You just had your 8th birthday, and finally you’re old enough to join this after-school program called Environmental Learning for Kids, or ELK, with your older brothers and sisters. They do all these cool things, like go on camping trips and sleep overnight at the Zoo. On your first Saturday trip, ELK takes you to a lake and teaches you how to fish, and you catch your very first fish, all by yourself! You learn all about the parts of a fish’s body, what it likes to eat, what predators are, and why fish need clean water to survive. The ELK teachers tell you that when you grow up, you can be an aquatic biologist and learn all of this everyday – and get paid for it! Wow! But you learn that you have to go to college to do this, and you resolve to study hard every day so that you can become an aquatic biologist just like the adults at ELK.
Who knows where this child would have ended up if she had not had that first formative experience? What we do know is that statistics tell a certain story of this student’s future. About 50% of low-income, African-American and Latino students in Denver do not graduate from high school, and most of our students’ parents have not attended college. Over 80% of our ELK families cannot afford these same outdoor activities that many of us who live in Colorado take for granted. The most recent statistics from the National Science Foundation (2011) show that 3% of our nation’s scientists and engineers are African-American; 4% are Latino. This means those opportunities and experiences are few and far between.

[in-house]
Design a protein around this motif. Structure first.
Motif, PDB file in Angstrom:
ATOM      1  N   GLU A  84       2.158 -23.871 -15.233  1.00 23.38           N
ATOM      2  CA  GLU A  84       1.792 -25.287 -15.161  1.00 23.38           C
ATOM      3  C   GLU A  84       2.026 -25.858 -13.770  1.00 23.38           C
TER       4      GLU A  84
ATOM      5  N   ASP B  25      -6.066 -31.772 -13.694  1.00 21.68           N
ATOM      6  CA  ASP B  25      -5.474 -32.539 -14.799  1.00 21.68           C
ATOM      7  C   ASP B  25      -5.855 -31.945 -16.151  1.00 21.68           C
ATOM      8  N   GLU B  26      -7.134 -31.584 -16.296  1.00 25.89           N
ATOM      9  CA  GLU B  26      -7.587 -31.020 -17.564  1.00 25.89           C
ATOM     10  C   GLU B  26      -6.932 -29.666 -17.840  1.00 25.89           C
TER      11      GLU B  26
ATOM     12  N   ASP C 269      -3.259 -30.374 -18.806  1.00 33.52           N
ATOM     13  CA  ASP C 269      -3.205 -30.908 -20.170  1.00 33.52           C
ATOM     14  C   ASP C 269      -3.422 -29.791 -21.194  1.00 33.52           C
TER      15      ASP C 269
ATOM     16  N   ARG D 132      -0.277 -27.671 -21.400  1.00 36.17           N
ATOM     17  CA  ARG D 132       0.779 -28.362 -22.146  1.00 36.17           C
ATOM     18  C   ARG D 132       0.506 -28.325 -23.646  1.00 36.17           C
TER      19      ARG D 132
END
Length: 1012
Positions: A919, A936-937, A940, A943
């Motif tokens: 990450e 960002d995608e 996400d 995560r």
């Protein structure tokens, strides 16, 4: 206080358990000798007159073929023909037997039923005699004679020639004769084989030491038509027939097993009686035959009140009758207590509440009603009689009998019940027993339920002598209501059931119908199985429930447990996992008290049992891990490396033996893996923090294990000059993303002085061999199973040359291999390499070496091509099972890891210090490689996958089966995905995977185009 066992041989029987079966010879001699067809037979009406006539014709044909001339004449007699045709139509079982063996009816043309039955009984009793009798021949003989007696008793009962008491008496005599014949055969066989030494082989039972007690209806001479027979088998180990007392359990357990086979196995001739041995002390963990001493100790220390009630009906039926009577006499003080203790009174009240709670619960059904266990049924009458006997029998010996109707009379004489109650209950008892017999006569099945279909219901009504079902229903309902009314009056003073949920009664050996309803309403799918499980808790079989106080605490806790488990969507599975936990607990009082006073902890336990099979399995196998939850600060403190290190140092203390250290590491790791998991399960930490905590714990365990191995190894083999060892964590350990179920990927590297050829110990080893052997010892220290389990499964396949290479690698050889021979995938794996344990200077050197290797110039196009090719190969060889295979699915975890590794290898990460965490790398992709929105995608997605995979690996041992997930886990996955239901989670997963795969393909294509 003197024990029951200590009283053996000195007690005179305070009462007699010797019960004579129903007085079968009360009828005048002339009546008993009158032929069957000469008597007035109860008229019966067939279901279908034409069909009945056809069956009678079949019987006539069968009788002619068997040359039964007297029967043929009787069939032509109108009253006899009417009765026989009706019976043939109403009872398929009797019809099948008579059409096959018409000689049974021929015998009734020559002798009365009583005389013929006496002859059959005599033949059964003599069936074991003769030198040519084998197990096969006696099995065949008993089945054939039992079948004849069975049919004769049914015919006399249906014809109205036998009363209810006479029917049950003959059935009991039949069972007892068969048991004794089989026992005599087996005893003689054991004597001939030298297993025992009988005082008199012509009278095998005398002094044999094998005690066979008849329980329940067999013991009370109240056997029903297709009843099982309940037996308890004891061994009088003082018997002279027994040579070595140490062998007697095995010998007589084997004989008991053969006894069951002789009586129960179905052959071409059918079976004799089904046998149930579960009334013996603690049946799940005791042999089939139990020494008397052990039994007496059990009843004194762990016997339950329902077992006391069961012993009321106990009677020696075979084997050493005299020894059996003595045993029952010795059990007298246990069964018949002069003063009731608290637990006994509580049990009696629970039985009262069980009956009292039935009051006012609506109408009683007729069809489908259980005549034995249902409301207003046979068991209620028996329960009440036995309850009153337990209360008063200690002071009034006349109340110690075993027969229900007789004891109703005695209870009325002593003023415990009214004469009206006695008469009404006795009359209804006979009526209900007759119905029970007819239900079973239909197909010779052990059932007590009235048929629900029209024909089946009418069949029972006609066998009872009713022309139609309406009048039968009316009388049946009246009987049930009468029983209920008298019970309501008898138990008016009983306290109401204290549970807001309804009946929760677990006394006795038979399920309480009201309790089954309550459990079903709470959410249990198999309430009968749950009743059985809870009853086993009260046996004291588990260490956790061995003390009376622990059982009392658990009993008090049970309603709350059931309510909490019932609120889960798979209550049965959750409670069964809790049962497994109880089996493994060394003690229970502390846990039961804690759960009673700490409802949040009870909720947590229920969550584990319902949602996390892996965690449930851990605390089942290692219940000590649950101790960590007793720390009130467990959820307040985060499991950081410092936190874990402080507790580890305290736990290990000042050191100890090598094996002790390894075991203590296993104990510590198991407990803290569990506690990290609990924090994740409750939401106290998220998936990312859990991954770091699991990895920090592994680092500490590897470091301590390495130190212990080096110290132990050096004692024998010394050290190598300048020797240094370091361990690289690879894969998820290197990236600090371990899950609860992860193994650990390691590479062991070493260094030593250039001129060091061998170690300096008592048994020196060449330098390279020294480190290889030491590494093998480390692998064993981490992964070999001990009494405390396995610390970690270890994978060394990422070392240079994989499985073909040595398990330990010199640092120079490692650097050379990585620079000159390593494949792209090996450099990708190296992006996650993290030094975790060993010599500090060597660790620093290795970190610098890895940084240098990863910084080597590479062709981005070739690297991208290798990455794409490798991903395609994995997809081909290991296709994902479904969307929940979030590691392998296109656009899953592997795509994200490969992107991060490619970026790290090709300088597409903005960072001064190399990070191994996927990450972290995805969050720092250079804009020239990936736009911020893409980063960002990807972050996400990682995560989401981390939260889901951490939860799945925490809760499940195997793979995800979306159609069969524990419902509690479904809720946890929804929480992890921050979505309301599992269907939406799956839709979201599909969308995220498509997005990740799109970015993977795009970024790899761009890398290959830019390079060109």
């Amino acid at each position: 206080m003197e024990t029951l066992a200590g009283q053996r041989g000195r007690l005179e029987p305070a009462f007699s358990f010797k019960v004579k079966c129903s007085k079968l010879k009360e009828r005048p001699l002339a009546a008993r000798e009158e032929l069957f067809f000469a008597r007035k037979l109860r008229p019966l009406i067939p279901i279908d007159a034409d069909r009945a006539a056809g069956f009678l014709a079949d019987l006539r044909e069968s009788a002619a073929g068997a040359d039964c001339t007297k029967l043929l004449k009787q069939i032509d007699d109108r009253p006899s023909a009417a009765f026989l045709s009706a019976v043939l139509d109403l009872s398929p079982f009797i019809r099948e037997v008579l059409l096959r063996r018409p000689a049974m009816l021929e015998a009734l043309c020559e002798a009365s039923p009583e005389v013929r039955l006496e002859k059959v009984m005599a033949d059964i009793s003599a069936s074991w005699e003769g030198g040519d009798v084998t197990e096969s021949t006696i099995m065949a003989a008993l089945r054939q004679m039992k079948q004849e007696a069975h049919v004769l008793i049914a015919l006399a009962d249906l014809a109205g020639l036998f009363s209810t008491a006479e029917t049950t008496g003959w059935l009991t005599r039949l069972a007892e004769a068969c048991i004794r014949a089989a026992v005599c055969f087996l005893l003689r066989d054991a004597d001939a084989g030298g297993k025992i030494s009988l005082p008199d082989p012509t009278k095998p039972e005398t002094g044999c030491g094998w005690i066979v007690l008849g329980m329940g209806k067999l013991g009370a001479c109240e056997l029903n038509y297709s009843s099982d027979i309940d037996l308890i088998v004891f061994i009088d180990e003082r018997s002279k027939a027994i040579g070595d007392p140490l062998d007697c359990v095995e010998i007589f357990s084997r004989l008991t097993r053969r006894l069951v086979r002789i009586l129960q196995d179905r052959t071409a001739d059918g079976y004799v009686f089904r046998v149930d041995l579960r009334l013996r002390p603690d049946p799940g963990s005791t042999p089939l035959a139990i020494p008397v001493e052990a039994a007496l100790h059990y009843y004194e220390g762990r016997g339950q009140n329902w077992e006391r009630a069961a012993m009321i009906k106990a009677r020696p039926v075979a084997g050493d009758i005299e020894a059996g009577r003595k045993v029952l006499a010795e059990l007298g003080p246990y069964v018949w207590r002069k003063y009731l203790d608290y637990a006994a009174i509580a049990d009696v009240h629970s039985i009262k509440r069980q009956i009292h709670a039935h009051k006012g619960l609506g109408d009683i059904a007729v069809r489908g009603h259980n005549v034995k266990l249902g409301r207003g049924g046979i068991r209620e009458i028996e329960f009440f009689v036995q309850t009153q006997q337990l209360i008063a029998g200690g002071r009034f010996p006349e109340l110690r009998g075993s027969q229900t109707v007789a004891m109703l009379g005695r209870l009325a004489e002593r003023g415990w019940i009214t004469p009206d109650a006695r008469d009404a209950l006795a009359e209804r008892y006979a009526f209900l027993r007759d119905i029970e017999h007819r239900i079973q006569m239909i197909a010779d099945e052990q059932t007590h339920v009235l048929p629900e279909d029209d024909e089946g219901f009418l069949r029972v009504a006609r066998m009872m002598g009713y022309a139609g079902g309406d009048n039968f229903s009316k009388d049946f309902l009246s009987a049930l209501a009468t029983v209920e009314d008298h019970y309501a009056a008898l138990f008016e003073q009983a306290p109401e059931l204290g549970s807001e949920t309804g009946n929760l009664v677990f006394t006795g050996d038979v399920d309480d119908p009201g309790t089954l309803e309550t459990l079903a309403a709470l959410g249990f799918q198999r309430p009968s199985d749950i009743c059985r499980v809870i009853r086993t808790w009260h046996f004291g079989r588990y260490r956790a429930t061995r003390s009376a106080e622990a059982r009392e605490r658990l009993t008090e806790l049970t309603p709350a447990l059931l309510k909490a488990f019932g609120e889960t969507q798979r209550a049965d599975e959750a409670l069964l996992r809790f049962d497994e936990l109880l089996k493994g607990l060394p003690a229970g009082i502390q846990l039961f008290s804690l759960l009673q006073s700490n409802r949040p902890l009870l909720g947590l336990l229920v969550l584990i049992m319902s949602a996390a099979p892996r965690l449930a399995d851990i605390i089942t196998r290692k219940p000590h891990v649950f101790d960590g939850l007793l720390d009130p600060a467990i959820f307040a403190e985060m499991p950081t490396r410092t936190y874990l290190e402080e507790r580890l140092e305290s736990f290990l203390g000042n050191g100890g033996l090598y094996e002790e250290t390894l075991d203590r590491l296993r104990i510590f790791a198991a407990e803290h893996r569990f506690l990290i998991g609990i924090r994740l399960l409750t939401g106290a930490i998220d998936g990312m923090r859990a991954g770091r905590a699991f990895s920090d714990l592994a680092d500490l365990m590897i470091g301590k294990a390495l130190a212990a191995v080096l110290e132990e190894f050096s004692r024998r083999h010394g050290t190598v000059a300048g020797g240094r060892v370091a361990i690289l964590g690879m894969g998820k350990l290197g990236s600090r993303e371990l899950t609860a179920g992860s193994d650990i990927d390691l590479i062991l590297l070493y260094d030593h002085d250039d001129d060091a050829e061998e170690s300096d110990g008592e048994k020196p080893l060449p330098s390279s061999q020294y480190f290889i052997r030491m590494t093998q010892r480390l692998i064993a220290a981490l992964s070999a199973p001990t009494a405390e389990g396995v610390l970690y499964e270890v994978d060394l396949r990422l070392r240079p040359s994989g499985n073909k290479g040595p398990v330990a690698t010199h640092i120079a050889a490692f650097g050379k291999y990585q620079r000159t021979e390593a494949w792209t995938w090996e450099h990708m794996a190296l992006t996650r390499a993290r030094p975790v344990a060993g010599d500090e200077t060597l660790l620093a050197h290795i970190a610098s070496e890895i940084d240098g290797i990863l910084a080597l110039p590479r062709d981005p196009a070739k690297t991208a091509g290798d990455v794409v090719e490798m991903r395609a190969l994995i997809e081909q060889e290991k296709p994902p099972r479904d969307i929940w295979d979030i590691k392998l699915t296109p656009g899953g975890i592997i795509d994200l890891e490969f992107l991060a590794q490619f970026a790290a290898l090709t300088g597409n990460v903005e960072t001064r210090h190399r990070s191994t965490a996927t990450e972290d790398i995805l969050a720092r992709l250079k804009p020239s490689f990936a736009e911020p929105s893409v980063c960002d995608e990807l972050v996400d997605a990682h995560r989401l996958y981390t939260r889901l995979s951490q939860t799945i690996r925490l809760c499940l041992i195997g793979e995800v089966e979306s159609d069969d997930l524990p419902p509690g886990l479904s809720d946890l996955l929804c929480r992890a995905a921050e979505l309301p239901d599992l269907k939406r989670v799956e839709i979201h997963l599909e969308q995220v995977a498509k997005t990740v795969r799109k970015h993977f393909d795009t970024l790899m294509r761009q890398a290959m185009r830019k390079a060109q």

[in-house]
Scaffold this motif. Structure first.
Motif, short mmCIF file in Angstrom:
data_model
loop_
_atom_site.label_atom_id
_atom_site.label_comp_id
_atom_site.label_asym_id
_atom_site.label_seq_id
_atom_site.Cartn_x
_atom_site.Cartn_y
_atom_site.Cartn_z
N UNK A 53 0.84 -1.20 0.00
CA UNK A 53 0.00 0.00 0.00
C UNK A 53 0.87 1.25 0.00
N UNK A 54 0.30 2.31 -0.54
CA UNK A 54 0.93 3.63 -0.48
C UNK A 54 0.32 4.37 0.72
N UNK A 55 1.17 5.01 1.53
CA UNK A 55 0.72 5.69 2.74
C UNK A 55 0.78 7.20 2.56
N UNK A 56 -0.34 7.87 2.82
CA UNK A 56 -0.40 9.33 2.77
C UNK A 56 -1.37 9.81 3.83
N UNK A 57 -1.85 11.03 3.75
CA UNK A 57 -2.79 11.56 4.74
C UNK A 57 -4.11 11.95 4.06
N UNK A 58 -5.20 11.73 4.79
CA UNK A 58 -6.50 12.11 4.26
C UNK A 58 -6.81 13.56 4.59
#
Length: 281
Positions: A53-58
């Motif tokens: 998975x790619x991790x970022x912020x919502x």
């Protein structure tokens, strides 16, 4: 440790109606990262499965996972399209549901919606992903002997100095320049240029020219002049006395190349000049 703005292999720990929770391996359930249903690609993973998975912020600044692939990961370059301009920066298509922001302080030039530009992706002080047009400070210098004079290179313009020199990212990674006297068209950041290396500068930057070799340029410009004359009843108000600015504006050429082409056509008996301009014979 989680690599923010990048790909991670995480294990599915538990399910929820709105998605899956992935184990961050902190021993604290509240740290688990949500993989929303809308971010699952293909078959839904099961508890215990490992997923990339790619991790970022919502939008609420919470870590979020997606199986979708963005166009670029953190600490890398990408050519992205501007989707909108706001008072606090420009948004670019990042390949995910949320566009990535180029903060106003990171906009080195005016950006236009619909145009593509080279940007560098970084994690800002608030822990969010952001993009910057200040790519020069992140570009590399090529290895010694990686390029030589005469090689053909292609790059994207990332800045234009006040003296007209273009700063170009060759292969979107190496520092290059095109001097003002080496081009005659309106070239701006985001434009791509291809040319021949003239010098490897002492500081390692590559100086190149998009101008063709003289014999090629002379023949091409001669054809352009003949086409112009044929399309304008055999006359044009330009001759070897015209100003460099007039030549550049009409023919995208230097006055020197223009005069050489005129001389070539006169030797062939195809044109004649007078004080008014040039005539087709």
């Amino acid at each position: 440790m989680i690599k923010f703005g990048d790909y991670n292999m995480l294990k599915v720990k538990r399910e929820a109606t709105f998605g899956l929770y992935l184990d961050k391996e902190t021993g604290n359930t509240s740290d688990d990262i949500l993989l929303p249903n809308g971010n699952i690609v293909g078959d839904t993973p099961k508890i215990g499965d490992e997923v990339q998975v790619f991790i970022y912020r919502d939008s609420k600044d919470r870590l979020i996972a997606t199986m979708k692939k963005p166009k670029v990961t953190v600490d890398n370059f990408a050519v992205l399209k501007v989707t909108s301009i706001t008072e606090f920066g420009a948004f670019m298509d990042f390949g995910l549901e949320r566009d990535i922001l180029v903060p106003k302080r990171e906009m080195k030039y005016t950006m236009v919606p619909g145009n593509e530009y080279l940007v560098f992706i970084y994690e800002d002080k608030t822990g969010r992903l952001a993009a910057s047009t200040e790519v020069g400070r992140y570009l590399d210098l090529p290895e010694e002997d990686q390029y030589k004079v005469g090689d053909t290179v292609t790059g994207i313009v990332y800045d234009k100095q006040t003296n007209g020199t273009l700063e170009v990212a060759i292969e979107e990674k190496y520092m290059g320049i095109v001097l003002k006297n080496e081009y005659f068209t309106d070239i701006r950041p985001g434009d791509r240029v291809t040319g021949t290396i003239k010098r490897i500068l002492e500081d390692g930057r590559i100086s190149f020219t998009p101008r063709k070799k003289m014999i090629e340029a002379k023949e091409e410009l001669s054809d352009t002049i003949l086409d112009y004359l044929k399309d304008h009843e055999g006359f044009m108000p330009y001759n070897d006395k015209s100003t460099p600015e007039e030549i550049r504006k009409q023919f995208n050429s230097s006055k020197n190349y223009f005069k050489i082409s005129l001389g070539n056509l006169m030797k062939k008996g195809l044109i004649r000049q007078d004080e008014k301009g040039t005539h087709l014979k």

Jump forward 10 years, and you are ready to graduate high school. ELK has been with you the entire way, making sure you stay on track in school and life. At this point you’ve taught aquatic ecology and conservation to thousands of Denver school kids, you’ve hiked and camped in most of the parks and forests in Colorado, and science and math are your favorite subjects. You’ve also gotten the opportunity to speak in front of local politicians, become a mentor to a younger student, and research climate change impacts in your neighborhood. With ELK’s help, you earned a scholarship to Colorado State University, and you plan on majoring in biology and environmental studies.
There are so many ways to connect youth with the environment and show them all the opportunities for their future. For Environmental Learning for Kids, we’ve found that fishing, in addition to camping, hiking, and wildlife tracking, are useful tools to engage kids of all ages in lessons of science, conservation, and careers. Each experience is as promising as the next to motivate our youth to stay in school, graduate, and go to college. We use these activities as not only educational opportunities in and of themselves, but also to connect to the importance of academic success in their lives. We want our youth to grow up with the dream that they can one day be our most important protectors of our environment and natural resources.
Did you have a formative outdoor experience as a child that led you to where you are now? Let’s hear about it!
Reposted from the Alliance for Sustainable Colorado’s blog.